Wednesday, March 22, 2023
HomeOutdoorsJeff Hansen Earns Distinguished Rifleman Badge, Continuing Grandfather’s Hidden Legacy

Jeff Hansen Earns Distinguished Rifleman Badge, Continuing Grandfather’s Hidden Legacy

Jeff Hansen, 52, of Genola, Utah, is the holder of Distinguished Rifleman Badge #2561. His journey began with a box filled with his grandfather’s old medals, which led him to the historic grounds of the Camp Perry National Matches in Ohio – an annual event since 1907.

Though he had no intention of shooting competitively, only arriving to see the ghosts of his grandfather and uncles, he was so moved by the ambiance of Perry that he took on his own rifling career – eventually leading him to a prestigious Distinguished Badge.

At the 2022 National Matches, Jeff fired his best scores yet. In the National Trophy Individual (NTI) Match, he reached an overall score of 487-9X for 52nd overall out of nearly 790 competitors – marking 199-5X at the 600 yard line out of a possible 200 points.

“He was on the range with me shooting that 199,” Jeff said of his grandpa. “I felt like he was right there when I finished up.”

Below, Jeff uses his own words to describe how his career based in family history has endured its hardships while also generating many new memories and friendships along the way.

“I just hope other people see this and see what I’ve tried to do – if I can do this, they can do this,” he said. “Chase that dream.”

By Jeff Hansen, Distinguished Badge #2561

As early as I can remember, my grandfather, Lou, was a huge influence in my life.

He was a great marksman. My dad, Ed Hansen, would tell me about the hunting trips they would go on and how Grandpa would make incredibly long shots to get an amazing bull elk or mule deer, only taking one shot to do so. He was always taking me hunting and fishing and shooting – lots of sleepovers where I didn’t actually sleep much, if any, because I would be so excited for the adventures that were going to happen with him the next day.

Jeff’s family: Alvin, Ray and Lou Hansen at Camp Perry

Whether it was hunting ducks, pheasants, chukars or just shooting, it didn’t matter. It was always an awesome experience with him. Life was great.

Then, we got some tough news – my grandfather had leukemia. He fought a courageous battle with it for a couple of years, then in 1978, when I was 8, he passed away.

Needless to say, I was devastated.

Jeff has his grandpa’s Camp Perry medals, which inspired his own marksmanship career, displayed on the wall of his home.

Not too long after he passed away, my dad brought home a box from Grandpa’s. It was full of medals. He carefully removed them and told me they were from when my grandfather competed in rifle matches with his brothers (Alvin Hansen, a U.S. Army veteran of World War I in France, Ray Hansen and Oscar Hansen) at Camp Perry, Ohio, in the late 1920s to 1937.

My dad had many of the medals arranged in a frame and hung them on the wall with pictures of my grandpa and his brothers at the National Matches.

Jeff’s Grandpa Lou’s shooting coat from the 1930s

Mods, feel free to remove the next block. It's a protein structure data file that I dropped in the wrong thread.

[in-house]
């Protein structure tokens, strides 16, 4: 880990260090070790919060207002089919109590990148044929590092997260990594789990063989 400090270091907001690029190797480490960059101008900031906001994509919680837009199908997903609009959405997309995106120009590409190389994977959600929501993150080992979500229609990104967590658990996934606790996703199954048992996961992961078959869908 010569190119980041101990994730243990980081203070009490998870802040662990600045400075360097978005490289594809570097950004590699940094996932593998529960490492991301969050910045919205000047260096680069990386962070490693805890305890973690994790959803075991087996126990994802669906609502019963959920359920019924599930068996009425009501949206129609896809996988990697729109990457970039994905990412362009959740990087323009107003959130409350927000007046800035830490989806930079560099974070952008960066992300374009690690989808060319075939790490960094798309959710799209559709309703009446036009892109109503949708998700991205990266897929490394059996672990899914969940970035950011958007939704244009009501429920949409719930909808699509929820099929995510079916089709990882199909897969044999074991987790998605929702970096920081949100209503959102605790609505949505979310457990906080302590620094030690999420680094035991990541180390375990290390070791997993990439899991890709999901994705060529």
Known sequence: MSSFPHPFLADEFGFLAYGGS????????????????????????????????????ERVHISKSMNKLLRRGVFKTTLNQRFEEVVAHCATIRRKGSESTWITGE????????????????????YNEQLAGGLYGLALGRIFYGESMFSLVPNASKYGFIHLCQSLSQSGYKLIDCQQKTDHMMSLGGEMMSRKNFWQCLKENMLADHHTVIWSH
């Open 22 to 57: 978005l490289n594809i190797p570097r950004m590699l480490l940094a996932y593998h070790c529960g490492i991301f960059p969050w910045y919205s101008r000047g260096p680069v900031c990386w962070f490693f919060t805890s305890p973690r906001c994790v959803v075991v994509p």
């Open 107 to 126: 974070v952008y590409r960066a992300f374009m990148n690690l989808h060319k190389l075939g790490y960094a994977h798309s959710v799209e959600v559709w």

My grandpa was really humble – never said much about his trips to Camp Perry or his accomplishments there. Seeing the contents of the box, my grandfather became an even bigger hero to me. The medals he earned that impressed me the most were the three President’s Hundred brassards from 1935, 1936 and 1937 – along with many others.

I grew up looking at those medals thinking I wish I could do that maybe, someday…

Grandpa Lou was humble and never talked about his many achievements at Camp Perry.

My life moved forward. My dad, a U.S Air Force veteran, and I both loved hunting, fishing and shooting and still went as often as we could. Later, I got married and now have three daughters and one son. As my family grew up, we also enjoyed hunting, fishing and shooting together.

Then, life threw some blows. My dad passed away suddenly in November 2014, and my mom fought a fierce battle with cancer for a few years before passing away in March 2018.

A leap into marksmanship competition began for Jeff after a visit to the National Matches in 2018.

Not long after she passed away, I found myself hanging those medals of my grandpa’s on the wall in my own home. Seeing them there got me thinking about how awesome it would be to go to Ohio and watch the President’s Match – not shoot, just watch.

I know – its nuts, right?

In July 2018, I went. I’ve got to admit – there were a few tears in my eyes driving between the two iconic lighthouses at the entrance to Camp Perry. I loved it.

Jeff competed at the 2022 National Matches at Camp Perry and marked some of his best scores yet.

The year I came happened to be the year SFC Brandon Green of the U.S. Army Marksmanship Unit cleaned the President’s Match – a record that still holds today. I got to talking to one of the Army Reserve team guys, asking him questions about competing, and he couldn’t believe I was there just to watch. I showed him some pictures of my grandfather’s medals, scorebook and of Camp Perry in the 1930s. He had some of the other guys, Matt Goad and Jon Arcularius of the Army Reserve team, come over to look at them.

They said, “Hey, you can’t come all the way out here with a family history like that and not shoot here!”

While on the firing line, Jeff says he can feel the spirit of his grandpa with him.

They offered to sign me up for the NTI match the following day and even said they would get a rifle, ammo and anything else I would need to do it. That was so awesome, but I couldn’t make it work – I was flying back home the next day. Although I didn’t shoot, they did get me all the information I needed to get started.

I loved every minute of my first Camp Perry trip. It was because of the people there, showing me such kindness and taking me under their wings, that I thought, “I’ve shot all my life and hunted, and I’ve always liked marksmanship. This is something I can do.”

When I got home, I ordered a White Oak upper and started changing parts on my AR-15 to make it ready for matches. I was ready in the spring of 2019 and started shooting mostly small matches.